Graduation Spotlight: Clare MacRitchie

Clare MacRitchieClare MacRitchie

 Majors: Cognitive Science, Psychology, and English, with a concentration in Film

Q: Why did you choose this area of study?

A: I have always been fascinated by our brains, the way we interact, and the fact that there is so much we have yet to understand, in our society and even in our own bodies. What drew me to Cognitive Science (and later to Psychology) was mainly the uniqueness of human behavior: what types of behavior qualify as “normal”? How does “normal” behavior differ from “deviant” behavior? Who (or what) is responsible for deviant behavior: society or the individual? I added an English major, not only because I have always enjoyed reading and writing, but I have found that the analytical skills I have learned through my English and Film courses have been directly applicable (and tremendously helpful) to my research work in Cognitive Science and Psychology.

Q: What are you plans after graduation?

A: I am working for the FBI in Quantico, VA. I will then be attending graduate school, obtaining either a PhD in Social Psychology from the University of Pittsburgh or Boston University, or a Master’s in Justice, Law, and Criminology from American University (I haven’t decided yet!). I plan to return to the FBI after graduate school.

Q: Why did you choose CWRU?

A: I owe my decision to come to CWRU almost entirely to Todd Oakley, the Chair of the Cognitive Science Department. I met with him before making my decision to commit, and within 5 minutes of meeting him I was sold. I remember he told me about his Introduction to Neuroscience class, in which his students were learning about human consciousness, and how it varies from animals’ consciousness. For example, you can put 100 humans in a room for an hour, and (in most scenarios) they would be able to interact pleasantly, and form social bonds. However, if you put 100 monkeys in a room for an hour, they would all attack each other. Given the extreme similarities in our genetics, what exactly differentiates the uniqueness of human behavior from that of monkeys? I found this question fascinating, and it immediately made me excited to come to Case. He is now one of my advisors, and I feel so grateful! Additionally, I remember being so impressed with how personal the application process was. I really felt like CWRU cared about me individually as a student — I even received a personal note on my application essay! I thought this was so cool, and it made me feel really valued.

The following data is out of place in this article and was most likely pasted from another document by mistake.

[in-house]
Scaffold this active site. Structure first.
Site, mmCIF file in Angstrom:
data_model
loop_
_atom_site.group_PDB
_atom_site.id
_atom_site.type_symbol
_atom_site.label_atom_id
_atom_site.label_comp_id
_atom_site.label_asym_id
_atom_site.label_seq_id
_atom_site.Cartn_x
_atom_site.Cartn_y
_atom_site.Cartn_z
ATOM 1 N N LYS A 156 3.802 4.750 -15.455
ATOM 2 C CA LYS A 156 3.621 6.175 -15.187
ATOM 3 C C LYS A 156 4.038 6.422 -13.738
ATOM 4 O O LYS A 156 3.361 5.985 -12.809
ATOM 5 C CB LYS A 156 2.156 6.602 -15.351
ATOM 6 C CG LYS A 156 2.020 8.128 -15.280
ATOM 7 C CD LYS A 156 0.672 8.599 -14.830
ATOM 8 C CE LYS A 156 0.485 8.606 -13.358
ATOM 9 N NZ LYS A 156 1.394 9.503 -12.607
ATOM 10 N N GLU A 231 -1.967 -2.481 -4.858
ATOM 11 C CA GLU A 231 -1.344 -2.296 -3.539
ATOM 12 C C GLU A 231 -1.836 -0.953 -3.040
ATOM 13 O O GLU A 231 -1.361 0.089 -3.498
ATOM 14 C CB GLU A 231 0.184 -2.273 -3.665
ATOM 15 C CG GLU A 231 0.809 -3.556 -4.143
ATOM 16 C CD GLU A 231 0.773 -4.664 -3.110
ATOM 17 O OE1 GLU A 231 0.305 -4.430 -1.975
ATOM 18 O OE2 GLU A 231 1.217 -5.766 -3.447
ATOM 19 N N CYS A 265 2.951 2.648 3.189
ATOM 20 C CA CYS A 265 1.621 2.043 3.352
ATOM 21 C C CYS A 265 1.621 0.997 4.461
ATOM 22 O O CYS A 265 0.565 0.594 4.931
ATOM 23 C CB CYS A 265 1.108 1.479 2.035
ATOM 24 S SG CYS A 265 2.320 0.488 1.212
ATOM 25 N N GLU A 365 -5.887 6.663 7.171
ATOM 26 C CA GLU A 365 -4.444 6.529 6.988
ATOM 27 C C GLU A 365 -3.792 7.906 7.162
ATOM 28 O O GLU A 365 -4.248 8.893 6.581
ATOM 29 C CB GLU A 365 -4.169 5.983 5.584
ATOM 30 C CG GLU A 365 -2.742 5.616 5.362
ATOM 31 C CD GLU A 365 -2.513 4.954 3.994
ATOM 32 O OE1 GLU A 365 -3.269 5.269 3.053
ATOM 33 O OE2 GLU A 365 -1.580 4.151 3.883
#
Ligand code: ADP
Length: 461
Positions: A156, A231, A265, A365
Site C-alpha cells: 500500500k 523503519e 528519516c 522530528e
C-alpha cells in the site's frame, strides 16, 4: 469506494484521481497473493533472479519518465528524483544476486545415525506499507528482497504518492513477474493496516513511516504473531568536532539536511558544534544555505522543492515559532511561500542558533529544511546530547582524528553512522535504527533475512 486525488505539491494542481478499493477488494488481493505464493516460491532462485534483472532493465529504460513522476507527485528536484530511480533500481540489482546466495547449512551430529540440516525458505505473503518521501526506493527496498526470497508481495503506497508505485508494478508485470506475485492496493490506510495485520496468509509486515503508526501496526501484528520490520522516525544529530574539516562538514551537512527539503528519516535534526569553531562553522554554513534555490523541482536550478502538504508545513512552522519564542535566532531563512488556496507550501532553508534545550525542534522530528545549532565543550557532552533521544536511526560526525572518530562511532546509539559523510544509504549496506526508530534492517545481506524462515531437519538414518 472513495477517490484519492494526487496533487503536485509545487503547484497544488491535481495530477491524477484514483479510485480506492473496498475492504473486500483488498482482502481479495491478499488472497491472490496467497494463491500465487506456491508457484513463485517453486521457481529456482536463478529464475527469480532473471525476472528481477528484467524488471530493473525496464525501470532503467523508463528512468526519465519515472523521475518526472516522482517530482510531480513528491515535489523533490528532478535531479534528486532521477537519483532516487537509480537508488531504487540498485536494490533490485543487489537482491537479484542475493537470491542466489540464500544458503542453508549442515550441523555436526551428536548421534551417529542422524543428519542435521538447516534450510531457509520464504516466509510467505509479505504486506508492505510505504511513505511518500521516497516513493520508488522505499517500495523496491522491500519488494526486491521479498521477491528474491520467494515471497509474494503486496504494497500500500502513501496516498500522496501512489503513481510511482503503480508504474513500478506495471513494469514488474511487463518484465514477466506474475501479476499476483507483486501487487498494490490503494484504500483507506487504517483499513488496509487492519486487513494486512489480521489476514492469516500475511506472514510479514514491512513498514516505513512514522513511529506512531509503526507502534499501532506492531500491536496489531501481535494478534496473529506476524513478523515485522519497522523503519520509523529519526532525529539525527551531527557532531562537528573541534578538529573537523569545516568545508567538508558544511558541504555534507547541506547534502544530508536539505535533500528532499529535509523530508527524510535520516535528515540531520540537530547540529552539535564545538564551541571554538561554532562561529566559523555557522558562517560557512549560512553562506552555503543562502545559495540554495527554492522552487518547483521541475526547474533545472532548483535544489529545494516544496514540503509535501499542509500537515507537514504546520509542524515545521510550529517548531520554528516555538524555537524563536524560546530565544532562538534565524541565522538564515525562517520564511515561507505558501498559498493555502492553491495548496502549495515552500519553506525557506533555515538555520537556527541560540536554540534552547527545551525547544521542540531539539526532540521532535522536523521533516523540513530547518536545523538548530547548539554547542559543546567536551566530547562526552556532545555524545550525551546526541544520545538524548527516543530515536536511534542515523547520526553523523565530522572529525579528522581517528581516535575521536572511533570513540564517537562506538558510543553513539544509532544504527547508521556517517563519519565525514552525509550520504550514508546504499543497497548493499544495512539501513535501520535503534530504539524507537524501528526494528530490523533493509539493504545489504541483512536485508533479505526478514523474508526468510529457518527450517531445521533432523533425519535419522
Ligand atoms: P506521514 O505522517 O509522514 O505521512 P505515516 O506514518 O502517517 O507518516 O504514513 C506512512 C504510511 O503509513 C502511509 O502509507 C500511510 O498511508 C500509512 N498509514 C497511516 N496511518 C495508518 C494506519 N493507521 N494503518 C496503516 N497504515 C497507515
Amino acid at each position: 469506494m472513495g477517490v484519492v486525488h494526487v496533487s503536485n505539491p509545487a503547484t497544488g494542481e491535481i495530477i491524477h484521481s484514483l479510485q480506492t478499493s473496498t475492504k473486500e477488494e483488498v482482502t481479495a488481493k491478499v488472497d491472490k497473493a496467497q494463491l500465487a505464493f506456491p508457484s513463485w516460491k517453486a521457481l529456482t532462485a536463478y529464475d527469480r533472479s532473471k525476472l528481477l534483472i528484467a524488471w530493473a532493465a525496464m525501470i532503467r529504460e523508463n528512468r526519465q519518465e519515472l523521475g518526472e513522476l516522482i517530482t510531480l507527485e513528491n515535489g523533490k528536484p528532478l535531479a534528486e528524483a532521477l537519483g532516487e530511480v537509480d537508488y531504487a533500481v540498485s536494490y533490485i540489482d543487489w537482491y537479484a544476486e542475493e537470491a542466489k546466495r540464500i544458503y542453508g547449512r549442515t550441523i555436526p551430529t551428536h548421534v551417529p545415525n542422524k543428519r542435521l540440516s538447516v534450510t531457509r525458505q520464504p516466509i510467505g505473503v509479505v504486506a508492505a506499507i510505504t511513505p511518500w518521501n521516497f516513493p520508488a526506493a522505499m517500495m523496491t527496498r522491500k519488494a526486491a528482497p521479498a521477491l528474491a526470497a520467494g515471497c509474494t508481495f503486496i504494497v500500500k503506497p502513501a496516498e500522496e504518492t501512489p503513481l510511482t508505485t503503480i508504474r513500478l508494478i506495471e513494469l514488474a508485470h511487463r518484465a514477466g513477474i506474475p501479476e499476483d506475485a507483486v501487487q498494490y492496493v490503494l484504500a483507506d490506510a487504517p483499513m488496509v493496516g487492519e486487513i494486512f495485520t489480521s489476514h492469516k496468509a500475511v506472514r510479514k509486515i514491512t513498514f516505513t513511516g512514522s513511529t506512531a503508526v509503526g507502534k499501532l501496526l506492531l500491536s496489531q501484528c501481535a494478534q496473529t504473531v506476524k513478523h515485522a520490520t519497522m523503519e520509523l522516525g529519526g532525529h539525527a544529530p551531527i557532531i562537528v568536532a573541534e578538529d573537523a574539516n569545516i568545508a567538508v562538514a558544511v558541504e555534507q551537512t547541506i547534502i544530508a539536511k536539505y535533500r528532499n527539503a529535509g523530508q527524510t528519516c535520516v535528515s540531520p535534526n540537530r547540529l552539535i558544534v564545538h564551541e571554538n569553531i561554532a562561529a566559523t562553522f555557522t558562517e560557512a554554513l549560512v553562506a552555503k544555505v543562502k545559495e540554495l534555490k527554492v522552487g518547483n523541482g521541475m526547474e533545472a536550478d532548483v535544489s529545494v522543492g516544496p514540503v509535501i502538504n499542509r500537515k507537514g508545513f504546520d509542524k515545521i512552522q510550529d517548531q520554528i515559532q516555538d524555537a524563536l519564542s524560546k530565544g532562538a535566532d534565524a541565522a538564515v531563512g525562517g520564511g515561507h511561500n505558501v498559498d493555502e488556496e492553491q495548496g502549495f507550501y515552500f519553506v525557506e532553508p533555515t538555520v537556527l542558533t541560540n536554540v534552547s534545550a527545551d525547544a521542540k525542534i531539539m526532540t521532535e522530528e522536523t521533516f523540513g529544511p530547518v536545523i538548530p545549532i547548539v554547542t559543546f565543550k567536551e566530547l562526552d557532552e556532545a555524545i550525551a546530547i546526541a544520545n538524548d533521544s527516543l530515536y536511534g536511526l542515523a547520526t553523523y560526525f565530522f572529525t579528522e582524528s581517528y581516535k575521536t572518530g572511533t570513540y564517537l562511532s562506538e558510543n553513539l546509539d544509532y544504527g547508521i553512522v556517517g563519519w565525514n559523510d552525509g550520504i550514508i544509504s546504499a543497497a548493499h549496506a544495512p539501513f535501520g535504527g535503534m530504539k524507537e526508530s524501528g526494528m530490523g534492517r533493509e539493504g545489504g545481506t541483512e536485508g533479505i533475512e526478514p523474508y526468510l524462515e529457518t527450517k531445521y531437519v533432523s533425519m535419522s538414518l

Q: What is your favorite memory of CWRU?

A: While I have many, I think my favorite might be the first film class I ever took, my second semester freshman year. I took the class on a whim, and on the first day of class as soon as we all took our seats, the professor shut the lights, and without so much as an introduction, immediately began playing the film “Cloverfield.” I thought this was such a fun way to begin a course, and was automatically intrigued. This professor, Robert Spadoni, became extremely influential in my CWRU career, and now not only is one of my advisors, but is also the reason I added both an English major, and a concentration in film. His courses have always reminded me the importance of studying topics I truly enjoy, whether or not those topics will eventually be applicable career-wise. I am so thankful to have had Dr. Spadoni as both a professor and advisor, and I will miss him and his classes so much after I graduate.

Q: What is the one thing you’d like to share with incoming students?

A: Try everything—don’t force yourself to take classes you aren’t interested in, just because your friends are taking them, or you feel like you’re supposed to. You have the power to shape your undergraduate career by engaging in courses, clubs, activities, etc. that you are passionate about! Additionally, take time for yourself…it is easy to get caught up in the academics, but there is so much more CWRU has to offer! For Humanities majors specifically, don’t let the fact that CWRU is predominantly a STEM school intimidate you. The Humanities professors here are wonderful, and coming to Case as a Humanities major was probably the best decision I ever made. 🙂